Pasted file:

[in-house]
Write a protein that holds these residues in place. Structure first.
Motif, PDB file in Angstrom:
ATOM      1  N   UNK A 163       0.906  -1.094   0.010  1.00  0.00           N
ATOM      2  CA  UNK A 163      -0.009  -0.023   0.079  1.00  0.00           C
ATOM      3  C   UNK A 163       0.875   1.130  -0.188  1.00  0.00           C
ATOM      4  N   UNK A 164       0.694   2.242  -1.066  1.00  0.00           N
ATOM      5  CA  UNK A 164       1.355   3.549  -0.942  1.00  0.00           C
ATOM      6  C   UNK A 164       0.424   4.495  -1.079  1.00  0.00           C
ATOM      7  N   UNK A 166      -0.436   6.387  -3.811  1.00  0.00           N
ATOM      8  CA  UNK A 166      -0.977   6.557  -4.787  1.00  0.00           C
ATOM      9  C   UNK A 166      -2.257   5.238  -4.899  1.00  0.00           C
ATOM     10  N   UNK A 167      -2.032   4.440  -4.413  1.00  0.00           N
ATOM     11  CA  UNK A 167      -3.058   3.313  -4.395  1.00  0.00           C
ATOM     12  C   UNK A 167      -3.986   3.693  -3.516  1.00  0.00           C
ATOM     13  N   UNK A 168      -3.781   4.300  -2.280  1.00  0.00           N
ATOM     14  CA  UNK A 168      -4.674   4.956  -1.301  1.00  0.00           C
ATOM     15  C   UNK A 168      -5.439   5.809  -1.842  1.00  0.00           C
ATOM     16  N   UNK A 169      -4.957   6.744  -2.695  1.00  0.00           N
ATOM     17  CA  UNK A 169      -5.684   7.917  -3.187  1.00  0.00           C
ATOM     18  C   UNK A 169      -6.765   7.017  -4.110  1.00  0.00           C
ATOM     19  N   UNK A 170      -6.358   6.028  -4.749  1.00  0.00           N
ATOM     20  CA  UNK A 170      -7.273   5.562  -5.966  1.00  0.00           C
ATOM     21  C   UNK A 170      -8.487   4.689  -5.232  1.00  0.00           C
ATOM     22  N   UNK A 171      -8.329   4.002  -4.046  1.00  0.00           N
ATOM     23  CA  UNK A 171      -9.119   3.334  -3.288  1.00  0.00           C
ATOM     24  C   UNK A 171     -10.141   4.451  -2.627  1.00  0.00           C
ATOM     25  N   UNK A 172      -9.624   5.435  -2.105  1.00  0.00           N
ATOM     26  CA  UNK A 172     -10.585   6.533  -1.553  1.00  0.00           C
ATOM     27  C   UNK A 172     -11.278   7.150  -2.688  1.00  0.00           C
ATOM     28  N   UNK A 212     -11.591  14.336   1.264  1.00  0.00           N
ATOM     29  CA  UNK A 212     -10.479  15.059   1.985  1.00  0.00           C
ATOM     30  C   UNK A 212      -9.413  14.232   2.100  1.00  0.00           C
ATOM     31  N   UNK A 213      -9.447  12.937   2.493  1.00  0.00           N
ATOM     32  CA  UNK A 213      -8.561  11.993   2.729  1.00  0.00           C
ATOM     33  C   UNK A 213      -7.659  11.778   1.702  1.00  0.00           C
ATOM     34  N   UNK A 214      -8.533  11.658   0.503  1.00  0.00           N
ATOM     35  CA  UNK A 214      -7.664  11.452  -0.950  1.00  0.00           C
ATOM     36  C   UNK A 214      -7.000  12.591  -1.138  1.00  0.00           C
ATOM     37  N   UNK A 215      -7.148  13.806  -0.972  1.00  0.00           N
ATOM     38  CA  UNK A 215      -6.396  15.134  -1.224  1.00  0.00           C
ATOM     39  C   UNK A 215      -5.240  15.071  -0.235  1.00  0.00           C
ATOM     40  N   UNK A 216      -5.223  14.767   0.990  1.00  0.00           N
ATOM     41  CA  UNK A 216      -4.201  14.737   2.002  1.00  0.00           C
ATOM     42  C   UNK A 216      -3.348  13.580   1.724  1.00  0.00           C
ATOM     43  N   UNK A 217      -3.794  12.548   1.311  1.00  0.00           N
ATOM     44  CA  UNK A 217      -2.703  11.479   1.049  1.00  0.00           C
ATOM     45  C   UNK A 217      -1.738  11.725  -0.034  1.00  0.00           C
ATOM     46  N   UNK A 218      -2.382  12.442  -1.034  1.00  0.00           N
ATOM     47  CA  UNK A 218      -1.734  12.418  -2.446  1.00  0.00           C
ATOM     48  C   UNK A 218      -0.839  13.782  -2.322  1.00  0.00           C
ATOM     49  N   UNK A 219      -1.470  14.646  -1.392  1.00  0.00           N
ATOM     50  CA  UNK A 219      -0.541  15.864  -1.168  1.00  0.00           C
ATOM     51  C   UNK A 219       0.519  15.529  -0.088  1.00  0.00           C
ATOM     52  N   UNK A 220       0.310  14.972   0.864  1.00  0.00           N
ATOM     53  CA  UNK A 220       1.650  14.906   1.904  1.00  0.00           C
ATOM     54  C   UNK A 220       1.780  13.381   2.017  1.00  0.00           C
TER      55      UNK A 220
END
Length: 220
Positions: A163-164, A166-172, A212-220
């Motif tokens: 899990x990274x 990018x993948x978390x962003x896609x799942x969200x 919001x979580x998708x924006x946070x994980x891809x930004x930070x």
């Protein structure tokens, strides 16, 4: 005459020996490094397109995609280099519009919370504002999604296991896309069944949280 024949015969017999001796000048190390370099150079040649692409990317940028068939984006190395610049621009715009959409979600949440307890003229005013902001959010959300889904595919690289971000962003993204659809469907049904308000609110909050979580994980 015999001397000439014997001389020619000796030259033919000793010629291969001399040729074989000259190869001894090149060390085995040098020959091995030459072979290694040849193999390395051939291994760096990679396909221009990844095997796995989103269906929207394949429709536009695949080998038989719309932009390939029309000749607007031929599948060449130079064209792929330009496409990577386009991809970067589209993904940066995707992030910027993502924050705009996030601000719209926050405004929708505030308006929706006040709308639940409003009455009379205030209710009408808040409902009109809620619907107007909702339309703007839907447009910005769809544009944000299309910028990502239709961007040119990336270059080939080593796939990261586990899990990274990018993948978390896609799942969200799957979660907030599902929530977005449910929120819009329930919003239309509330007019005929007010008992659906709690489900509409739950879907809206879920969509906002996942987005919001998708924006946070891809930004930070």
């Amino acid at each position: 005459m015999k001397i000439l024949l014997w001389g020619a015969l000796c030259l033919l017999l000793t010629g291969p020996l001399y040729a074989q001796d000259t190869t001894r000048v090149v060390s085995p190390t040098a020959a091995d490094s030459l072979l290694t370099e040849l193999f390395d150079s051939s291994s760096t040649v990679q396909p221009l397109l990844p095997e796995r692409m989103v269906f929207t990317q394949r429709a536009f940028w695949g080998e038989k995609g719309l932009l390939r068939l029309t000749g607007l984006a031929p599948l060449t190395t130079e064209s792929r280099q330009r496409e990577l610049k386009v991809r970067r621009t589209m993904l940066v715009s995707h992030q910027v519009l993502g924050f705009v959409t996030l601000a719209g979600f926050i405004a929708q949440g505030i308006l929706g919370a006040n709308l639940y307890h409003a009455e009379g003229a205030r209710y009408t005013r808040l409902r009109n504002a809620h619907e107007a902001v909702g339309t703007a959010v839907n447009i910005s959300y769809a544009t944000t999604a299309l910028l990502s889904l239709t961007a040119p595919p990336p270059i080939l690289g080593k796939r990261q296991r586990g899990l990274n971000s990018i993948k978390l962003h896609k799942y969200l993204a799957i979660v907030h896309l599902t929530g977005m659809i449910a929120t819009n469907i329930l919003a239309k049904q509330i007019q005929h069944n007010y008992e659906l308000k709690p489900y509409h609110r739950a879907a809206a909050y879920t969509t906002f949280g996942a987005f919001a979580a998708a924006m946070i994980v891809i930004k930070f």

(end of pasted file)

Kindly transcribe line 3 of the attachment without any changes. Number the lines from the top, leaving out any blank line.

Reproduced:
Motif, PDB file in Angstrom: